While the spring and summer months for most people involve the beach or enjoying the sunny weather, for Crown Prince Haakon, it meant the end of a successful trek across Greenland.
The Crown Prince of Norway returned home over the weekend after spending two weeks with the UiT Norwegian Arctic University’s dissemination expedition across Greenland, travelling with skis and kites to guide them all. At night, the temperatures would drop as low as minus 30, with winds up to 20 metres per second.
On Friday, Crown Prince Haakon participated in a press conference and said, “It was fantastic, and I am very grateful that I had the opportunity to be part of and experience this.”
Describing the journey, he said: “When you stand there on the ice, it almost seems endless, but it is not. It is possible to move over it only with the help of the wind during a two-week period.”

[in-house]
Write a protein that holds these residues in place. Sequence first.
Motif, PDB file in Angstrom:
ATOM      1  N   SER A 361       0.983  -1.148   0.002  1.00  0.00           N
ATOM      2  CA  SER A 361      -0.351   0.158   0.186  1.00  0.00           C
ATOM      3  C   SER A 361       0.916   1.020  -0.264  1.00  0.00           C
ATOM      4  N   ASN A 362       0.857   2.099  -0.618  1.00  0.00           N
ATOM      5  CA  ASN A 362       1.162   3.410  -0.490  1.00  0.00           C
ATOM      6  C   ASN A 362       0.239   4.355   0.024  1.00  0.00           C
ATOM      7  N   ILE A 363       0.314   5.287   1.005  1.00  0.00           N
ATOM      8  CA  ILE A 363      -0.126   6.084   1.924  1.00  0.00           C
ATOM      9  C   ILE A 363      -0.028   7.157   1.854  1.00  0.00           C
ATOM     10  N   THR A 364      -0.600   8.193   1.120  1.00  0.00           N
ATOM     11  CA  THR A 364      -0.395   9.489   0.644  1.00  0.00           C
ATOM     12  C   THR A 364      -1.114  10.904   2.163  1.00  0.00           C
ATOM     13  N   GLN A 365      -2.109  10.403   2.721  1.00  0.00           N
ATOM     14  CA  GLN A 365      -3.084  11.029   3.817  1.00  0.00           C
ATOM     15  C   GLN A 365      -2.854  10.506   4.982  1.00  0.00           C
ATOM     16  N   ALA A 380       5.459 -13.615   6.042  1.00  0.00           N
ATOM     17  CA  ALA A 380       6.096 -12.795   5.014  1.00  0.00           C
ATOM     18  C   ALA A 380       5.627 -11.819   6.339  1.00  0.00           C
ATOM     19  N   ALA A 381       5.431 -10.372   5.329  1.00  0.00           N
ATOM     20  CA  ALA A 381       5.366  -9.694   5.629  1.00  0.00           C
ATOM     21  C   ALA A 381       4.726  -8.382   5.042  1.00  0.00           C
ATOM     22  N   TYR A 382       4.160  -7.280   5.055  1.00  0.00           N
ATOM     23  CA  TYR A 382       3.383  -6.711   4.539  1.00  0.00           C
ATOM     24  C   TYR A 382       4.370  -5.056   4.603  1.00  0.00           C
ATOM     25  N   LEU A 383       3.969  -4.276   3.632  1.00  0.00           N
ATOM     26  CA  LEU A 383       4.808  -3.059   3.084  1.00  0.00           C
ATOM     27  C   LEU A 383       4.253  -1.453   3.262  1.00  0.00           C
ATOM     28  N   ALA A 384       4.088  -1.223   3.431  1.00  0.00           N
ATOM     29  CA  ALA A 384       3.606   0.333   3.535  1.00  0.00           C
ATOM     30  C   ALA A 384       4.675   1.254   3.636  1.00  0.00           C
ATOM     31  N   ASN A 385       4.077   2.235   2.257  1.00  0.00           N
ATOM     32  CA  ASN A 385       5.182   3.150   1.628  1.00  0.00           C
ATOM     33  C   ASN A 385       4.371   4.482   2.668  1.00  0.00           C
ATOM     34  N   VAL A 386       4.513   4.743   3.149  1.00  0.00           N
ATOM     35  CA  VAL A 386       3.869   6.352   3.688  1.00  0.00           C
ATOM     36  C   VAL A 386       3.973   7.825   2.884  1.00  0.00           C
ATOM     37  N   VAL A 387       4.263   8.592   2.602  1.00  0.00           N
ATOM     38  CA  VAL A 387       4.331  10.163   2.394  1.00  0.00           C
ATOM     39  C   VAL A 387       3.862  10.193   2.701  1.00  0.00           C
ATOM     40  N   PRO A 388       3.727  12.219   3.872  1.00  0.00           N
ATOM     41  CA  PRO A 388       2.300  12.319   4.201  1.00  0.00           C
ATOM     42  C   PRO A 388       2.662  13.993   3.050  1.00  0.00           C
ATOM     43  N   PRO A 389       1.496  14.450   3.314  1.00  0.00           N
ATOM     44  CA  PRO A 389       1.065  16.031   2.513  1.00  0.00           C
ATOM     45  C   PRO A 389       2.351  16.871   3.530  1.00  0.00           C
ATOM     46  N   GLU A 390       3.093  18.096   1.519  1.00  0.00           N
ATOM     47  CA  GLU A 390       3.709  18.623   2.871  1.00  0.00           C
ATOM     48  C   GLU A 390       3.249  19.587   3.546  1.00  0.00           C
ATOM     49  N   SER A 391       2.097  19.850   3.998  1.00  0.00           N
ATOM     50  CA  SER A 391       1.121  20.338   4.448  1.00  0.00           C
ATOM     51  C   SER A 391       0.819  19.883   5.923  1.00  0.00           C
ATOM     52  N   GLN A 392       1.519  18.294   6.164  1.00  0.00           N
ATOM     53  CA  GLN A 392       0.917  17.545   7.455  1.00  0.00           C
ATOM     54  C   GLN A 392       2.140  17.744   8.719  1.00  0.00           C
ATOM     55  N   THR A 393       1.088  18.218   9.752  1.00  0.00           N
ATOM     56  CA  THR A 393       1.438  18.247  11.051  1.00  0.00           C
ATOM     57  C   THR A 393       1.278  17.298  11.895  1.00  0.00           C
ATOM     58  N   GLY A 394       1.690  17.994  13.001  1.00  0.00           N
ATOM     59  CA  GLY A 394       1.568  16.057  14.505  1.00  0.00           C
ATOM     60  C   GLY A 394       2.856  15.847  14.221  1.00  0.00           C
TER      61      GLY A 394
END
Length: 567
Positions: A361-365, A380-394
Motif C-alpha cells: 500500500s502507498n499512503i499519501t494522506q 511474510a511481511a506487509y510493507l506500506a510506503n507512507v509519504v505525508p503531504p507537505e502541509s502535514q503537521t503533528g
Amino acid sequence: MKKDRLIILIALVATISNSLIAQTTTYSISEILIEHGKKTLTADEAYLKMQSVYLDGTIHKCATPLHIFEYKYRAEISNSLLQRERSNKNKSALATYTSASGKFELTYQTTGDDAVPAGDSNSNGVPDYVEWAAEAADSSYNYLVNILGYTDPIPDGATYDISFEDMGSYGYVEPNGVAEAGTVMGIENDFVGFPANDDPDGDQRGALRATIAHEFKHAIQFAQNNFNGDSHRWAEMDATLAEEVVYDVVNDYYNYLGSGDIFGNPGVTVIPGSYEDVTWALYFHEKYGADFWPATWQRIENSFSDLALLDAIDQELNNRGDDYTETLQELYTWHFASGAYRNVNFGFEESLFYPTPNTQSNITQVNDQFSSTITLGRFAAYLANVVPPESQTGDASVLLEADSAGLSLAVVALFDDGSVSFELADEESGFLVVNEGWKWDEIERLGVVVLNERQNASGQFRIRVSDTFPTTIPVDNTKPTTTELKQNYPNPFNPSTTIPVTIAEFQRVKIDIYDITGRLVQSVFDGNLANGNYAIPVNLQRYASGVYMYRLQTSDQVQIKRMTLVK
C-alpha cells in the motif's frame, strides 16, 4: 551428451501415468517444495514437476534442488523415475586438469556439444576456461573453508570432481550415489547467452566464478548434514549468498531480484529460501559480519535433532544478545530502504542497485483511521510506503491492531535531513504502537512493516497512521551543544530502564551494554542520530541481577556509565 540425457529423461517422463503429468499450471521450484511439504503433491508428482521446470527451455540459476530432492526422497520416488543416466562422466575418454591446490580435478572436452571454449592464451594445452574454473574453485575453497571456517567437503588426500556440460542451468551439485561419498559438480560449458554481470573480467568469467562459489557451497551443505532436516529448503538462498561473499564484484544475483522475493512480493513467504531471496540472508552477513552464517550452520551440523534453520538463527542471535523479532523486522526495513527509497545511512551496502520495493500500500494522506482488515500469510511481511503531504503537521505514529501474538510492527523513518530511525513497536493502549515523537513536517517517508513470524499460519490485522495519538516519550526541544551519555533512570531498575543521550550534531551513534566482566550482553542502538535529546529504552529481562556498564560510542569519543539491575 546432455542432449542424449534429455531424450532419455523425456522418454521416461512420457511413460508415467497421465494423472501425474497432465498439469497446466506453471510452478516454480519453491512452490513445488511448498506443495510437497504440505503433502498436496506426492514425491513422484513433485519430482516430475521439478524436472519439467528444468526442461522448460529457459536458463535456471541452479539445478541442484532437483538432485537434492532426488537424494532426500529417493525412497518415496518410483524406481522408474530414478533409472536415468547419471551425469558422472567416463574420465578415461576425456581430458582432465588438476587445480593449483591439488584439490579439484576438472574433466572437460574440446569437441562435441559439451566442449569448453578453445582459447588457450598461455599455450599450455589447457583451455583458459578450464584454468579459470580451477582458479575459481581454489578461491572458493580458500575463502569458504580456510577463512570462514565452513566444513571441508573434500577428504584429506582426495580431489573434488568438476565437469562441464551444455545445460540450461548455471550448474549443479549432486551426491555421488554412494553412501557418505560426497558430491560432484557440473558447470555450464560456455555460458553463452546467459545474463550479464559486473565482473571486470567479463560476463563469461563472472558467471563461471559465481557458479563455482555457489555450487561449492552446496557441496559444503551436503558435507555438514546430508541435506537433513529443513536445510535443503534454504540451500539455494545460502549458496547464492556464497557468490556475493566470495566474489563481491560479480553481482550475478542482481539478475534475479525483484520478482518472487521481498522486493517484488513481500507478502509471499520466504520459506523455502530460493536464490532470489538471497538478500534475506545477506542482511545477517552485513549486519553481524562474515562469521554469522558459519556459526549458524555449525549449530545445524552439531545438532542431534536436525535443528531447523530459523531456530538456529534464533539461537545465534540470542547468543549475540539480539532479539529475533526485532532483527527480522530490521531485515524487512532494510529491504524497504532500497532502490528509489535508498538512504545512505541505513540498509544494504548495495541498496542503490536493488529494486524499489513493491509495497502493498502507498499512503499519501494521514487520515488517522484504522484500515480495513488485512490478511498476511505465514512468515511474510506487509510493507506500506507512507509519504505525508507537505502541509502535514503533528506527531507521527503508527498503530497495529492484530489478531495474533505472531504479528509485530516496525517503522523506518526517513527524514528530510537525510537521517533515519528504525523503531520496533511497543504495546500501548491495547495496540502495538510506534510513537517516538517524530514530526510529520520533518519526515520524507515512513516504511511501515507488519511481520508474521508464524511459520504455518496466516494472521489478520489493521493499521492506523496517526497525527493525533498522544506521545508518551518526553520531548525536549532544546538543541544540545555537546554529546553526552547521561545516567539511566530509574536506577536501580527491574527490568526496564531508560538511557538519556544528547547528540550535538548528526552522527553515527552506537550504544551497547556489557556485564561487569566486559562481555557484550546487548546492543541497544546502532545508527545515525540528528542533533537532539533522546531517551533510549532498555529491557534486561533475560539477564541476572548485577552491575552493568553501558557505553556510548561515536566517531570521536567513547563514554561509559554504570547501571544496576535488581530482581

The expedition team travelled 1,228 kilometres while Crown Prince Haakon was with them as they made the journey from Ilulissat to Daneborg. The UiT Norwegian Arctic University makes this journey to learn more about polar history and to see the important scientific research which takes place in the Arctic, according to the Norwegian Royal House.
“It seems incredible that it works, but we humans affect the enormous mass of ice. It is not bigger than it is, and we must take care of it. It is melting fast, and man-made climate change is the cause.”
Though Crown Prince Haakon departed after two weeks, the journey continues for the rest of his team, with them travelling down the glacier and along the east coast of Greenland from Daneborg to Antarctichavn.
“It has been incredibly fun to be with such knowledgeable and good people along the way. I could not have done this without them,” he said.